A single Manchester bid has been awarded £28.5m by the National Institute for Health Research (NIHR) that will bring lifesaving tests and treatments a step nearer for millions of people.
Leading clinicians in the NHS and university researchers will benefit from new world class facilities and support services from the five-year NIHR Biomedical Research Centre (BRC) funding scheme – the largest ever investment into new health research.
The UK’s Chief Scientific Advisor, Professor Chris Whitty, said: “The future of NHS care depends on the science we do now. This new funding will enable clinical researchers to keep pushing for medical breakthroughs.”
The prestigious new Manchester Biomedical Research Centre (MBRC) is a partnership between Central Manchester University Hospitals NHS Foundation Trust, The University of Manchester, The Christie NHS Foundation Trust, Salford Royal NHS Foundation Trust, and University Hospital of South Manchester NHS Foundation Trust, supported by the Manchester Academic Health Science Centre (MAHSC).
MAHSC is one of the UK’s six academic health science centres accredited by the Department of Health. It helps to improve the health of Greater Manchester’s 2.8 million population through the integration of leading research, excellence in medical and healthcare education, and outstanding patient care.
Professor Ian Greer, director of MAHSC, says the new centre will demonstrate the connectivity and collaboration that is central to making Greater Manchester devolution a success: “MAHSC was pivotal in delivering cross-partner leadership and management for the BRC bid and as work on the BRC research themes intensifies from April 2017, MAHSC will ensure a coordinated citywide approach, providing the vital connections to bring together learning and best practice across Greater Manchester.
“Through its Greater Manchester Research Hub, MAHSC provides a ‘One Manchester’ integrated approach for excellent and efficient research delivery.”
The MBRC will drive forward pioneering research in the areas of musculoskeletal disease, hearing health, respiratory disease, dermatology, and three cancer themes – prevention, radiotherapy and precision medicine.
The Manchester partnership impressed an international panel of experts with unique proposals that will accelerate the translation of early stage research into diagnostic tests and treatments to benefit patients in Greater Manchester and beyond. This will make Manchester ideally placed to attract further research investment that will give patients early access to ground-breaking new treatments and will deliver value to the economy.
Jon Rouse, Chief Officer of Greater Manchester Health and Social Care Partnership – the body overseeing the devolution of the £6 billion health and social care budget – said: “The new partnership approach under devolution means we have both the opportunity and the means to combine the talents of people from a whole range of areas to benefit our population. This hugely welcome funding is recognition that in Greater Manchester we can combine the best clinical skills with the best research, innovation and academic talent to take huge steps in improving the health and wellbeing of our people.”
Professor Ian Bruce will head the Manchester BRC. He added: “We will work closely with patients, using the latest advances in biology, medicine and health technology, to better predict disease and likely treatment responses. The diagnostic tests and therapies we develop will enable doctors to offer a more tailored approach and to better personalise treatments to the individual. We are also working on better ways to prevent disease developing in the first place.”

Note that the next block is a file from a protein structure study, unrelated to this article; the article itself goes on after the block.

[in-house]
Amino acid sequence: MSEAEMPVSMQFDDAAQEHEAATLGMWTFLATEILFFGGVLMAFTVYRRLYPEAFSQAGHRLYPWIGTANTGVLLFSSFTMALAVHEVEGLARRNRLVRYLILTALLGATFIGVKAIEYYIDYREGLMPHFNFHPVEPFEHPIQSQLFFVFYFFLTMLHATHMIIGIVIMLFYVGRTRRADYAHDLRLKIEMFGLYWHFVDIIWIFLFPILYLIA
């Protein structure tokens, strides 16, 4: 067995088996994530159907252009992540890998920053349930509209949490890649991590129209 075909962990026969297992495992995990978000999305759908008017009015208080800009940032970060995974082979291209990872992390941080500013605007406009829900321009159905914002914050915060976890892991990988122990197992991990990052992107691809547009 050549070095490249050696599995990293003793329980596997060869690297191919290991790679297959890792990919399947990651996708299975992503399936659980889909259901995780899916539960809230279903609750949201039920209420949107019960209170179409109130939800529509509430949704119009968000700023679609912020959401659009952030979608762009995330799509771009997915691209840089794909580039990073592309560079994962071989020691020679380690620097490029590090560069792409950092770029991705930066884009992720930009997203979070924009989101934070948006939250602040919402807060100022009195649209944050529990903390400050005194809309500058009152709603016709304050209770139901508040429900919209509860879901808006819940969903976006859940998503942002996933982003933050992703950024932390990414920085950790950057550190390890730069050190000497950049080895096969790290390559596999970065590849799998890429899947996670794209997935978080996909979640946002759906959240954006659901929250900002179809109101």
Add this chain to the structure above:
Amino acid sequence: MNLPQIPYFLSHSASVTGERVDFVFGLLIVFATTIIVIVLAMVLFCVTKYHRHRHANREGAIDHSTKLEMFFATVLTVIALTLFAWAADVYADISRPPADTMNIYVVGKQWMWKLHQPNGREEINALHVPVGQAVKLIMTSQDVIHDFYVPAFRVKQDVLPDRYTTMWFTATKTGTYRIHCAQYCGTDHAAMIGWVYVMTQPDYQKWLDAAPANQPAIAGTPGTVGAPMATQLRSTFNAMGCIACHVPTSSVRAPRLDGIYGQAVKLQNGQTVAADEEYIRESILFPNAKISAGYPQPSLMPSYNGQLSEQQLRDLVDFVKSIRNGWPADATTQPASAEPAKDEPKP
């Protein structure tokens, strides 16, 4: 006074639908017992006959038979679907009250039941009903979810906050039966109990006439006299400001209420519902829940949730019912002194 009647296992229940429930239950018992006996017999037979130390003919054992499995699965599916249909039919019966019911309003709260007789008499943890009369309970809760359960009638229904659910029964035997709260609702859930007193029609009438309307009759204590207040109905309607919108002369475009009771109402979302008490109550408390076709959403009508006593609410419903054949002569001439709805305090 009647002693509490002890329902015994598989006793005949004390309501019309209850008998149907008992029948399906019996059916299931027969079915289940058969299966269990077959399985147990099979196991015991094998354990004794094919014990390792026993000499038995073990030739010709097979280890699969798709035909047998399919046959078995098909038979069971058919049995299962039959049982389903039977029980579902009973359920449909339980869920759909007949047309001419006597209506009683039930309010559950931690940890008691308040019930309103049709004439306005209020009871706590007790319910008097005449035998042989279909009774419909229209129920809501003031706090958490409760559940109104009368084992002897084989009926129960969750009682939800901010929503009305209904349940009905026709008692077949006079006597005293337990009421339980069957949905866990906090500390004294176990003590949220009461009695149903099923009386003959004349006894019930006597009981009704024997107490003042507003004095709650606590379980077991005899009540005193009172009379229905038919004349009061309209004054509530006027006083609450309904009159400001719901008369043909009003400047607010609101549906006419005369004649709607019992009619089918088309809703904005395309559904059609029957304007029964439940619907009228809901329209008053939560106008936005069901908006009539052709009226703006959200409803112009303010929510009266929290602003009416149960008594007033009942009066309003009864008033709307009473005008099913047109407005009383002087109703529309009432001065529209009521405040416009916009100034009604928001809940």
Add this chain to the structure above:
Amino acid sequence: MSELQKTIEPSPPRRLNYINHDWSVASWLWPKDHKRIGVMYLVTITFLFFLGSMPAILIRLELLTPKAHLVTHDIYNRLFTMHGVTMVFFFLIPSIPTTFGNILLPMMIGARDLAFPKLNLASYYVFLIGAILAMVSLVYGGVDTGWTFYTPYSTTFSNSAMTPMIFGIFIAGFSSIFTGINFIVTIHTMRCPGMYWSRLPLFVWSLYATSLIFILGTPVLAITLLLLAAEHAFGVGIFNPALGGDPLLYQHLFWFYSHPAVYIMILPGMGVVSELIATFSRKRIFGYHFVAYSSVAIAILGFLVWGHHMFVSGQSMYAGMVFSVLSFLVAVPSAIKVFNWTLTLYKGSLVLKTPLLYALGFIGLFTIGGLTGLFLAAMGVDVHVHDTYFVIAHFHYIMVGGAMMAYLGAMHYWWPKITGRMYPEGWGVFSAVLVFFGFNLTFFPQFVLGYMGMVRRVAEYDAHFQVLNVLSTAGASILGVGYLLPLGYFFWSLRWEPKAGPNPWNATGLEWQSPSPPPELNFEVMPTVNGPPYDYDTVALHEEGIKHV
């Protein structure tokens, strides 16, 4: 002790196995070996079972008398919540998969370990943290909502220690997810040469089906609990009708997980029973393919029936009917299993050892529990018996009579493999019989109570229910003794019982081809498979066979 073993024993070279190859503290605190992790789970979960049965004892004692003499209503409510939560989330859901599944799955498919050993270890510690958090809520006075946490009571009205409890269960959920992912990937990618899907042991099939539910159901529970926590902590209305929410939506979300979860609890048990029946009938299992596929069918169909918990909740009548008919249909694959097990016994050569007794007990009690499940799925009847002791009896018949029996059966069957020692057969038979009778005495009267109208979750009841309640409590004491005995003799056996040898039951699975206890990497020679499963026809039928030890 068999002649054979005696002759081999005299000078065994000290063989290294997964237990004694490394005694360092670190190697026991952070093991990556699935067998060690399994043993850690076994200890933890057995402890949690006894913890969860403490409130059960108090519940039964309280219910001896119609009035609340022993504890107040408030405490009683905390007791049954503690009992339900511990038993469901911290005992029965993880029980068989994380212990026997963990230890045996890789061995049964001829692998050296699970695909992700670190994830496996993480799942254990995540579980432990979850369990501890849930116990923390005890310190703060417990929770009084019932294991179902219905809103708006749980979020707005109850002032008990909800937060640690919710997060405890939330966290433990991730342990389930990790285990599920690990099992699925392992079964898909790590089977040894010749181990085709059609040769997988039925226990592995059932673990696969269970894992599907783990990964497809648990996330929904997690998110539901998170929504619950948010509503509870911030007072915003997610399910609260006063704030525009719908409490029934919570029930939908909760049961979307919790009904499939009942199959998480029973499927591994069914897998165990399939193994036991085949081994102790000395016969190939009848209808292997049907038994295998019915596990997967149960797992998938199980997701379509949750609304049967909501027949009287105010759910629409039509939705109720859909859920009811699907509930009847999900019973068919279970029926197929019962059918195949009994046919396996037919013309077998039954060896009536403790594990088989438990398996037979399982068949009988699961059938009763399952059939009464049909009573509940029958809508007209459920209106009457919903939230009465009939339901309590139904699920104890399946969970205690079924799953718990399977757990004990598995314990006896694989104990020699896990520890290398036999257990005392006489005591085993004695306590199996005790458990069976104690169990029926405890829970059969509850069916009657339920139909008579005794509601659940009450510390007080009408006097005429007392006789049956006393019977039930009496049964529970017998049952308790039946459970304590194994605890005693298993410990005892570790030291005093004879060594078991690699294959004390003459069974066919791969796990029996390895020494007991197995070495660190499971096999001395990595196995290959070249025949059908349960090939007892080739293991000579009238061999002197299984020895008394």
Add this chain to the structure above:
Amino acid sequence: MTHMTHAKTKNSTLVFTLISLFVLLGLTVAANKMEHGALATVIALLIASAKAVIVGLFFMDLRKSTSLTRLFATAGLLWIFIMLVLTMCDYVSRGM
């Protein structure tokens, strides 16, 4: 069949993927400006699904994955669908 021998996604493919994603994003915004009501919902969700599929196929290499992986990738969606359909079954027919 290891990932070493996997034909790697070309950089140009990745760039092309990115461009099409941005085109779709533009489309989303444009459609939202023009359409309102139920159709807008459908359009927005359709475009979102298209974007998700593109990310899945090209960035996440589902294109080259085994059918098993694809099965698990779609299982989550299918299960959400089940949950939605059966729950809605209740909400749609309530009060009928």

Sir Mike Deegan, Chief Executive of Central Manchester University Hospitals NHS Foundation Trust, explained: “The achievement of a BRC for Manchester is a landmark moment which will see £28.5m directly invested into finding new ways of preventing, predicting and treating some of the major causes of premature death and disability.
“Bringing together our research expertise has only been made possible by the unique connectivity that devolution provides.”
Professor Dame Nancy Rothwell, President & Vice-Chancellor of The University of Manchester, said: “The MBRC focuses the research efforts of the University and our NHS Partners so that we can address the considerable health needs of Greater Manchester. As the areas of research being targeted by the Centre represent complex global health issues our work also has the potential to have an impact much further afield.”
Roger Spencer, Chief Executive of The Christie, said: “Having a BRC that focuses on three areas of cancer research is to be warmly welcomed. Together with cutting edge advances in treatment such as the new proton beam therapy unit, The Christie is improving research into cancer which means we will be even better able to serve the health needs of this region.”
Awarding Biomedical Research Centre status to Greater Manchester, the NIHR panel described the academic and healthcare partnership’s research portfolio as “highly relevant to the health of patients and the public.”
The quality, volume and breadth of proposed translational research, known as experimental medicine, was excellent, and research capacity and capability was strong with very good plans for training.
The panel made special mention of Greater Manchester’s track record in translating advances in biomedical research into clinical research, and pulling this science through to directly benefit patients and the public, the health system, and for broader economic gain.
The partnership’s interactions with industry and charities, such as Cancer Research UK, are considered a particular strength of the new Manchester Biomedical Research Centre.
To find out more about the MBRC click here.